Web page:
Missing Kids

‘I Still Think About Her Every Day’

JIEZHAO


One of the last photos taken of Jiezhao before she disappeared in 1988.



Yan Li is haunted by the
disappearance of her daughter
10 years ago

By Craig Gima
Star-Bulletin

The last time she saw her 12-year-old daughter, Jiezhao, Yan Li gave her her wristwatch so she would know when to return home.

"I'm going to watch my time and come back," Jiezhao promised.

That was 10 years ago next month.

And the disappearance of Jiezhao Li remains a mystery.

It haunts her mother, who may never know for sure whether her daughter is dead or alive.

"I still think about her every day," she said through a translator. "I'm still hoping she can return, because they can't find her body and there is no proof she is dead."




This is an age progression photo of Jiezhao, based on a 1995 poster showing what she would have looked like at age 19.



The Royal Elementary School student was last seen selling benefit chili tickets near the 7-Eleven store on Nuuanu Avenue at Kuakini Street about 4:45 p.m. Feb. 11, 1988.

Her mother remembers that Jiezhao was excited about raising money for a school trip to the Big Island.

"She promised not to go far and to be home early," Li said.

At 6:30 p.m., Jiezhao still had not returned. Li began searching for her. By 9 p.m., she called police.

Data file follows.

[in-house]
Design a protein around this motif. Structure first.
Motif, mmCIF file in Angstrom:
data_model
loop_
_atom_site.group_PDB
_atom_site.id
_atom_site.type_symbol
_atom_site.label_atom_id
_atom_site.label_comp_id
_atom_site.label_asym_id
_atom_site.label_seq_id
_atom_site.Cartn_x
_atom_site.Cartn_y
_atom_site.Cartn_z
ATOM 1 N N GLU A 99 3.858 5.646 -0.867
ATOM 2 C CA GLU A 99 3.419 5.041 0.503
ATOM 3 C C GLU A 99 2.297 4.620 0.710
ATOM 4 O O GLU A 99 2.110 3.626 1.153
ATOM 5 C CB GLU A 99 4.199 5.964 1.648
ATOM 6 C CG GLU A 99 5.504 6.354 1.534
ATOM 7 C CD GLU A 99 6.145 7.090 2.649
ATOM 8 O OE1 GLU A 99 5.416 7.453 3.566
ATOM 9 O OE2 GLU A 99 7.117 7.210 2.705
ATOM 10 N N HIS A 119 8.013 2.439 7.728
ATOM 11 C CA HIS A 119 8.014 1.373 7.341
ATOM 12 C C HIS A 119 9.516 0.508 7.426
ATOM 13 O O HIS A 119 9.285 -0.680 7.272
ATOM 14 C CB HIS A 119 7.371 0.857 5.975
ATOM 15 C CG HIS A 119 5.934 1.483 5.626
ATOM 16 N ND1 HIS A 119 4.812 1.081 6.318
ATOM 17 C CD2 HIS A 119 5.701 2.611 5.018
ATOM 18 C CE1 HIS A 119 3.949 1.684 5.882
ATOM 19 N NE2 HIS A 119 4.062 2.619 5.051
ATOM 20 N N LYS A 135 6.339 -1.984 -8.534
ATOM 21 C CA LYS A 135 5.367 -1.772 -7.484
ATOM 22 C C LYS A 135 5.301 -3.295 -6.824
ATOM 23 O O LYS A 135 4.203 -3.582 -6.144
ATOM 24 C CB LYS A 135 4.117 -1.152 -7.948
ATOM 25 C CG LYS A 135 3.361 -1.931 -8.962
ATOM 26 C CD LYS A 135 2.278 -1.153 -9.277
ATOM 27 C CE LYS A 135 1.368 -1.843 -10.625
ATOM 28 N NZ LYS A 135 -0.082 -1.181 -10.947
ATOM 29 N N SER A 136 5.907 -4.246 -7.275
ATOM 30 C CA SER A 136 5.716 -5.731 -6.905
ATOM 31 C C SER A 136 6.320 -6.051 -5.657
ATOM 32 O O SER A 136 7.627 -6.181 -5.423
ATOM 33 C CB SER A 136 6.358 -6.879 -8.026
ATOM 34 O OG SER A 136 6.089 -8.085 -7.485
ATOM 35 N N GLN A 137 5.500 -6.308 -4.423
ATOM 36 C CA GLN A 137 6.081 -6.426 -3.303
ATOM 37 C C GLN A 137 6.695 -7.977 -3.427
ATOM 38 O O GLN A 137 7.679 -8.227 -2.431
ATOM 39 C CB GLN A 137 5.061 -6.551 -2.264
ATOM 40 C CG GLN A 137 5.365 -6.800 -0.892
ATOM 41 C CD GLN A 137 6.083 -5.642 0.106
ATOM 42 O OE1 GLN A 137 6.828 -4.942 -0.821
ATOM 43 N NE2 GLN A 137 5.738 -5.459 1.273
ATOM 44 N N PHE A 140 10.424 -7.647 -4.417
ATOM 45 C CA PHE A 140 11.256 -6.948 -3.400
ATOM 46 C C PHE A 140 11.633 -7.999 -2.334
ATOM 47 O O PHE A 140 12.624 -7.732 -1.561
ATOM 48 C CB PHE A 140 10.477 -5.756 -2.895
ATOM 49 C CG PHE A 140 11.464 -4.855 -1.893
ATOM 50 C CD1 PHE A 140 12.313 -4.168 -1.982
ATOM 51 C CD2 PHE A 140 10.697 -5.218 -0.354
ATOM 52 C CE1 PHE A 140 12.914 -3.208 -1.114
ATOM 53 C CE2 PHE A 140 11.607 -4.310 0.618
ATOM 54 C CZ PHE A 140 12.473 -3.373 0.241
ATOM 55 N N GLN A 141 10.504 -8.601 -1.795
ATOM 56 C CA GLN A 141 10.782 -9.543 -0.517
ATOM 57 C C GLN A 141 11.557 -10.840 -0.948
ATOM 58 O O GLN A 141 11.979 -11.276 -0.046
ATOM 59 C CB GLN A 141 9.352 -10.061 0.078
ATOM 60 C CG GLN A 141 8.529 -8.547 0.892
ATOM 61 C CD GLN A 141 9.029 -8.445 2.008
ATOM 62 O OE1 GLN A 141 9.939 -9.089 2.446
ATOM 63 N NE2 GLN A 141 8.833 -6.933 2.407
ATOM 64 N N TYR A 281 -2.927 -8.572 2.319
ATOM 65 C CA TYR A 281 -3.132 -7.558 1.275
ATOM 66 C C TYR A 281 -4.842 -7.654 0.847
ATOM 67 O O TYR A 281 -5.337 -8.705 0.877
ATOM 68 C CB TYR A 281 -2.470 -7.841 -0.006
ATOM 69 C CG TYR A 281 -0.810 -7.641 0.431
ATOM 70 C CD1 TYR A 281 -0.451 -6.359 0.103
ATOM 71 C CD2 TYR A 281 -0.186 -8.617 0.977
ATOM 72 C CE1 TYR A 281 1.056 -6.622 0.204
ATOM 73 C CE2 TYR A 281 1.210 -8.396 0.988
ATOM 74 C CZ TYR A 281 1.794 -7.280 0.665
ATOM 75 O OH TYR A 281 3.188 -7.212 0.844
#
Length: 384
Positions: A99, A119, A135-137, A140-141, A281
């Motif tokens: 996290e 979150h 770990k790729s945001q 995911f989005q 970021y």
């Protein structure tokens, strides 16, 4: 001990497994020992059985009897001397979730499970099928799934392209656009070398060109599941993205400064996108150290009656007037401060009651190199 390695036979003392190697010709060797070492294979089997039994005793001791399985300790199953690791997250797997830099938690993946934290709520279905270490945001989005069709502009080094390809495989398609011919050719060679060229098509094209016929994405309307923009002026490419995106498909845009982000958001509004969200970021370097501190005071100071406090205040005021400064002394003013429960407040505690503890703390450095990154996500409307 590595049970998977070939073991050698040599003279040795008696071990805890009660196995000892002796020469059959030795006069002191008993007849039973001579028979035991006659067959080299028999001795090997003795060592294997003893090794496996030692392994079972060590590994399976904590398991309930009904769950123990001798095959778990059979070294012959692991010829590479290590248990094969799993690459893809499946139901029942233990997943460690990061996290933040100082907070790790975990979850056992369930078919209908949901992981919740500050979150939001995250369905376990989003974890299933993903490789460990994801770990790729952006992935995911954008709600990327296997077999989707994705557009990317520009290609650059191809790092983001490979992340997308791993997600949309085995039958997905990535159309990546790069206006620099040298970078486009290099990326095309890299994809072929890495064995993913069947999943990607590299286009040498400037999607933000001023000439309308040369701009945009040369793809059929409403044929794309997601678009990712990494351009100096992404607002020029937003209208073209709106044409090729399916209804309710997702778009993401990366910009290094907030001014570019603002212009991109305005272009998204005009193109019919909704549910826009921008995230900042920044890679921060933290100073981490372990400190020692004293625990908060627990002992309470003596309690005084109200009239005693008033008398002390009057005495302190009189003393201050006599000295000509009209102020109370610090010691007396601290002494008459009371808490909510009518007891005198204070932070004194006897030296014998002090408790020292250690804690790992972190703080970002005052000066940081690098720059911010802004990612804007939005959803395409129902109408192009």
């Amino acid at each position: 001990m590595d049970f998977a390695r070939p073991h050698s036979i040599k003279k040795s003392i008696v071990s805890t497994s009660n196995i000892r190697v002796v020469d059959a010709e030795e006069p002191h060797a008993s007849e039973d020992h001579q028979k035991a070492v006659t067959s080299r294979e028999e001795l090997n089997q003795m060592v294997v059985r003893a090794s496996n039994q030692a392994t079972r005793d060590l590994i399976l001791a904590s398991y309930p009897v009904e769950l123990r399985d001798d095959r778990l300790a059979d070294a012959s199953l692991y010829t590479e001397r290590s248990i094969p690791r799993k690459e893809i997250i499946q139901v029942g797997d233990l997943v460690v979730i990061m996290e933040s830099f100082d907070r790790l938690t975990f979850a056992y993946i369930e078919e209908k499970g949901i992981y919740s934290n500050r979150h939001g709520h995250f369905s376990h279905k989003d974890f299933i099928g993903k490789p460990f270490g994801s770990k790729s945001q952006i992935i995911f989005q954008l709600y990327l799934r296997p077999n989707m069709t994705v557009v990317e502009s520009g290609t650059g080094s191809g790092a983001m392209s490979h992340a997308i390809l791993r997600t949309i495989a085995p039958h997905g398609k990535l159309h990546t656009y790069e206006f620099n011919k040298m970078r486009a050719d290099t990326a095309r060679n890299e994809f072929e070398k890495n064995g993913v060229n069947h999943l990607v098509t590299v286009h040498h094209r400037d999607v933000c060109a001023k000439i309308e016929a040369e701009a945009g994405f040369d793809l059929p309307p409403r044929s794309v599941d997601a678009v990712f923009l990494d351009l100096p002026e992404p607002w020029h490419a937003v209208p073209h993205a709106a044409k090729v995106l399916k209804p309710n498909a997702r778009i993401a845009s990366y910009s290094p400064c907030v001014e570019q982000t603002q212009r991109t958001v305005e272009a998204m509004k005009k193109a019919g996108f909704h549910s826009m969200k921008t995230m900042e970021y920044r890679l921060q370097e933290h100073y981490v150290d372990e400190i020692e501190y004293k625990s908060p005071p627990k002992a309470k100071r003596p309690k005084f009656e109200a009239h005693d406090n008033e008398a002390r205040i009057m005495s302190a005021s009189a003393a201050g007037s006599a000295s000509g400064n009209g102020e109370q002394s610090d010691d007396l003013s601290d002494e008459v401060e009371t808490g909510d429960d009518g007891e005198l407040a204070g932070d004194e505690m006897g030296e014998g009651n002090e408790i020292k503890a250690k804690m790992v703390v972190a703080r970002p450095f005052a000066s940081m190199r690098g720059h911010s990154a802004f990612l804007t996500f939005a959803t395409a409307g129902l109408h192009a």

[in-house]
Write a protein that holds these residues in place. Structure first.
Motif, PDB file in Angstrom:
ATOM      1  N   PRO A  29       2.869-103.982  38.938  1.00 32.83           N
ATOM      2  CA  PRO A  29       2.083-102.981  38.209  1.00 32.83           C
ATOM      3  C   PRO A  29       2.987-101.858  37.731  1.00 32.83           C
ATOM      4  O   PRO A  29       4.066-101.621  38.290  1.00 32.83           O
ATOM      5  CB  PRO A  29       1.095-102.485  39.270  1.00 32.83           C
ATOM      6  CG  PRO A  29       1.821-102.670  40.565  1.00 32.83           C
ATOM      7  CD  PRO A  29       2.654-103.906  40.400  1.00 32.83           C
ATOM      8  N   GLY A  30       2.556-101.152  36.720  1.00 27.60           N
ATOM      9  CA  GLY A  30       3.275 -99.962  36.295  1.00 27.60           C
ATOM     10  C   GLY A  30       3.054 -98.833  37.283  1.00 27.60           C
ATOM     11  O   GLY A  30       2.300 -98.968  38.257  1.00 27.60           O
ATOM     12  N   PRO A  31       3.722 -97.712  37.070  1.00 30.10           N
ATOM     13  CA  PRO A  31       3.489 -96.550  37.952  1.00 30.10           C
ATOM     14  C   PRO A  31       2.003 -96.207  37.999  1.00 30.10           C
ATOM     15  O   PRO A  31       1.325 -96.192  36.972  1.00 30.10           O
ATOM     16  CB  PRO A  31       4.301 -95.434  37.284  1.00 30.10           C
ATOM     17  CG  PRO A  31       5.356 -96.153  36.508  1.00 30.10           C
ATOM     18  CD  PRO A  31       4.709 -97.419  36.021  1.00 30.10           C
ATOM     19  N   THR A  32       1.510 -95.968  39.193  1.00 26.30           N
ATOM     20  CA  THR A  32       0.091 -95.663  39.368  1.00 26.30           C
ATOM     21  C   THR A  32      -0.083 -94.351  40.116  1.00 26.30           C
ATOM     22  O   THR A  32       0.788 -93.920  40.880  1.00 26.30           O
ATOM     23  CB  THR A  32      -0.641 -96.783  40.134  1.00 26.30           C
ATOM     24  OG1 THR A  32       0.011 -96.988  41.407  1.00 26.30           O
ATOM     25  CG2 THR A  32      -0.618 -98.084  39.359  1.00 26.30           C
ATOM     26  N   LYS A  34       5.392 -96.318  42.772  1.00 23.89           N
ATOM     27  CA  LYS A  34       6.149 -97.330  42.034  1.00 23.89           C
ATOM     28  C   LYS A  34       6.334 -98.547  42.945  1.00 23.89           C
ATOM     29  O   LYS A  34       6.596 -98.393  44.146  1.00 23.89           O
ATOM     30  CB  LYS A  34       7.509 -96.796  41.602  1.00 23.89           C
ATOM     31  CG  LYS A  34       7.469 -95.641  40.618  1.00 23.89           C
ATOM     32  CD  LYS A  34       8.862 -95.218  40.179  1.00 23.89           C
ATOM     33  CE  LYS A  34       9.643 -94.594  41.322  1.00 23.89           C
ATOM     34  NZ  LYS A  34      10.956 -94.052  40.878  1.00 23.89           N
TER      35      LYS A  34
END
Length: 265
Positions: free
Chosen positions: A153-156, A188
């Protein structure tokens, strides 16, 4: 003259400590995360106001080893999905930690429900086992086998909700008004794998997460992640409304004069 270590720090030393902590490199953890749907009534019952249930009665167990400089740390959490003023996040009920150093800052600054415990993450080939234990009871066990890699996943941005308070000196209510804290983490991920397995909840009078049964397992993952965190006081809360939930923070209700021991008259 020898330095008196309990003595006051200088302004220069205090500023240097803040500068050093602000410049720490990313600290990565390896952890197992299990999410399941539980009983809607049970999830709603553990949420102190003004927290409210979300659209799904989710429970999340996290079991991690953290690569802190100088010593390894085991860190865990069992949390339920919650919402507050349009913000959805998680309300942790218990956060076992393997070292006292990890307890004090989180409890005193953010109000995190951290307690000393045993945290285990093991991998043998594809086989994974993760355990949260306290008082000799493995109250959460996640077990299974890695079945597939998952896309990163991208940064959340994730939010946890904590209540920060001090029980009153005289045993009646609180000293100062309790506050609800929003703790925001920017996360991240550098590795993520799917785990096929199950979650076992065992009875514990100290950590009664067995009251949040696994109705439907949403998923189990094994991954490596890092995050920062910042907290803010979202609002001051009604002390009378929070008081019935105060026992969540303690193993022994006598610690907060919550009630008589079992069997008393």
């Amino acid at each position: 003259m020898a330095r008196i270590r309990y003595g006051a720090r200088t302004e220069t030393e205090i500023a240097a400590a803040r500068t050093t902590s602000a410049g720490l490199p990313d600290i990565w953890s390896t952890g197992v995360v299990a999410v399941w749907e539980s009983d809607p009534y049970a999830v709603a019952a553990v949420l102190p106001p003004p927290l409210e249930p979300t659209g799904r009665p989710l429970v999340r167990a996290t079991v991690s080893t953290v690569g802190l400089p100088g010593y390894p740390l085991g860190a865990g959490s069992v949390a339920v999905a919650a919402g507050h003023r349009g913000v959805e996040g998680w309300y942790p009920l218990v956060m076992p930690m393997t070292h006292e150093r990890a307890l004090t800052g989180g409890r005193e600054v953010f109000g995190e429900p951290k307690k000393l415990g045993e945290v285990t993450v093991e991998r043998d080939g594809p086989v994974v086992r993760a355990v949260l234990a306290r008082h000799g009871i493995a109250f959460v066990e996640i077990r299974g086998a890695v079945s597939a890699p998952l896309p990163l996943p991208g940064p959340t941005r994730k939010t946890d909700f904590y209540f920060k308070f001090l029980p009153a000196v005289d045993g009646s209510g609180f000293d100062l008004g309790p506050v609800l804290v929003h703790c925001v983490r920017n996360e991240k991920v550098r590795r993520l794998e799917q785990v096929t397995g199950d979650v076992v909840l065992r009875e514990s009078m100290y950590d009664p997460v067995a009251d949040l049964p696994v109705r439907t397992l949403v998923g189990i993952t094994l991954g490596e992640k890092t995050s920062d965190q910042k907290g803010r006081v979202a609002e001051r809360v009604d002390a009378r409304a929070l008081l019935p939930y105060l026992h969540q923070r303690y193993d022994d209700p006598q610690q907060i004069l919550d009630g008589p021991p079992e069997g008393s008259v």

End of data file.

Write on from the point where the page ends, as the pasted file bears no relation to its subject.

The next morning, police began an intensive search, going door-to-door, scouring the neighborhood.

"They were very nice. They told me, 'don't worry, we'll try our best to find her and we'll help you'," she said.

But by the weekend, Jiezhao was still missing.

Spurred by reports in the newspapers and on television, hundreds of volunteers joined the search. The search went on for months all over Oahu, but turned up nothing. No sign. No solid clues to what happened to the girl.

Mementos from elementary school are all that Li has left to remember her daughter by. She has only one picture of Jiezhao. The others were given to the news media in the effort to find her and were never returned.

The picture is part of a Valentine's Day card Jiezhao made just before she disappeared. It sits on a bureau in Li's bedroom facing away from the room.

Li cannot bear to look at it every day. "When I see the picture, my heart aches," she said.

The picture is of a girl with bright eyes and a shy smile. She has short, straight hair and is wearing a bright yellow, flowered dress. The one-inch picture, taken from a packet of school photos, is surrounded by a hand-drawn heart with the words "Be Mine" written in pencil and crayon.

It's encased in a three-sided acrylic frame. On one side is the cover of the card, where Jiezhao wrote "Happy Valentine's Day." The third side has Jiezhao's name written in a child's hand in block letters on lined, school notepaper.

In China, Li had to protect Jiezhao by hiding her from the authorities, even before she was born. She is the second daughter, born two years after her older sister.

Only two children were allowed per family in China. If children were to be born less than four years apart, mothers were told to get an abortion.

"I didn't want to have an abortion, so I had to hide my pregnancy," she said.

Because the birth was not reported, the family could not get extra rations of food and milk for Jiezhao, and Li sold her engagement ring to buy food.

The family emigrated to Hawaii two years before Jiezhao's kidnapping.